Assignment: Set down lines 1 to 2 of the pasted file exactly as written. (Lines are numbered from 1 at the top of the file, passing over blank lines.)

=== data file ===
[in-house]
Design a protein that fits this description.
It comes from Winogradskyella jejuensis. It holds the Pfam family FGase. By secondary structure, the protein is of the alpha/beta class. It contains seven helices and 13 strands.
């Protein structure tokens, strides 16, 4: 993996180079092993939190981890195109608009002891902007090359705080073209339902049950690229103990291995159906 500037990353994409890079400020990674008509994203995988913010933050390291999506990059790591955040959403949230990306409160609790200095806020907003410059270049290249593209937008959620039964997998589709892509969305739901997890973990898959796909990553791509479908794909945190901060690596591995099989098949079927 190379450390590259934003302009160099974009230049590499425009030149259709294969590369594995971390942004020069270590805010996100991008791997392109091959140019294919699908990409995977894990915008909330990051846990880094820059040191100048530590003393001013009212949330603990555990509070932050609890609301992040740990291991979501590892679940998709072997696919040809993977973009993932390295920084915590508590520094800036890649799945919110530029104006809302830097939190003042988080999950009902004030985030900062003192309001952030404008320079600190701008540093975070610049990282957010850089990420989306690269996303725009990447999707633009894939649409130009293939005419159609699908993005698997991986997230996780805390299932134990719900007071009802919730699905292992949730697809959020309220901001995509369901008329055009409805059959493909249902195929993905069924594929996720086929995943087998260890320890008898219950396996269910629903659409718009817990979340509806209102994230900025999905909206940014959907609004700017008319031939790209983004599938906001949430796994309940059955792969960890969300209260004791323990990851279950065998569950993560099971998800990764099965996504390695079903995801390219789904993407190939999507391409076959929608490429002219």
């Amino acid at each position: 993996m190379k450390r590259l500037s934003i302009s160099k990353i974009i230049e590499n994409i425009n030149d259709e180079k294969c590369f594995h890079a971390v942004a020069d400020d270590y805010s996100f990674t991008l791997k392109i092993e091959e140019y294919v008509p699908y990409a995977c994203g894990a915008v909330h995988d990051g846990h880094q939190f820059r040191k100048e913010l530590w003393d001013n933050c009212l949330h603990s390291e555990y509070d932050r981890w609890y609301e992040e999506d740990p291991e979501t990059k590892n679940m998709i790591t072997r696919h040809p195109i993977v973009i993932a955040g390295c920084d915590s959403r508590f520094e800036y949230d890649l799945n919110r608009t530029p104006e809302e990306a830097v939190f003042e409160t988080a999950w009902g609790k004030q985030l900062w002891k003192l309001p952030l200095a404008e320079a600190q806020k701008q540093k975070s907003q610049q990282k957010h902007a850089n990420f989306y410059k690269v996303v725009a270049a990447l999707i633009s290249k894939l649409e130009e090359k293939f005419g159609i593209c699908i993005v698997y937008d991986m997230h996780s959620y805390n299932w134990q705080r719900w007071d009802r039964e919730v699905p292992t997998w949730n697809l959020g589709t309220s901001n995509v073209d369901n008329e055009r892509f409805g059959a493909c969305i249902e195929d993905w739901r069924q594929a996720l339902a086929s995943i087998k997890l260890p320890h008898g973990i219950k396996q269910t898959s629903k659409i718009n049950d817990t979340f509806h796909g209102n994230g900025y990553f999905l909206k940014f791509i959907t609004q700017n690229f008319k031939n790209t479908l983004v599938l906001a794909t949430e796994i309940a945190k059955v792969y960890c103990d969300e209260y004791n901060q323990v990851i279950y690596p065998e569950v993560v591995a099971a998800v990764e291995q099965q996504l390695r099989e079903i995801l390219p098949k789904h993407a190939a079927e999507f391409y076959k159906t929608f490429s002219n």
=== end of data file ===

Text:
[in-house]
Design a protein that fits this description.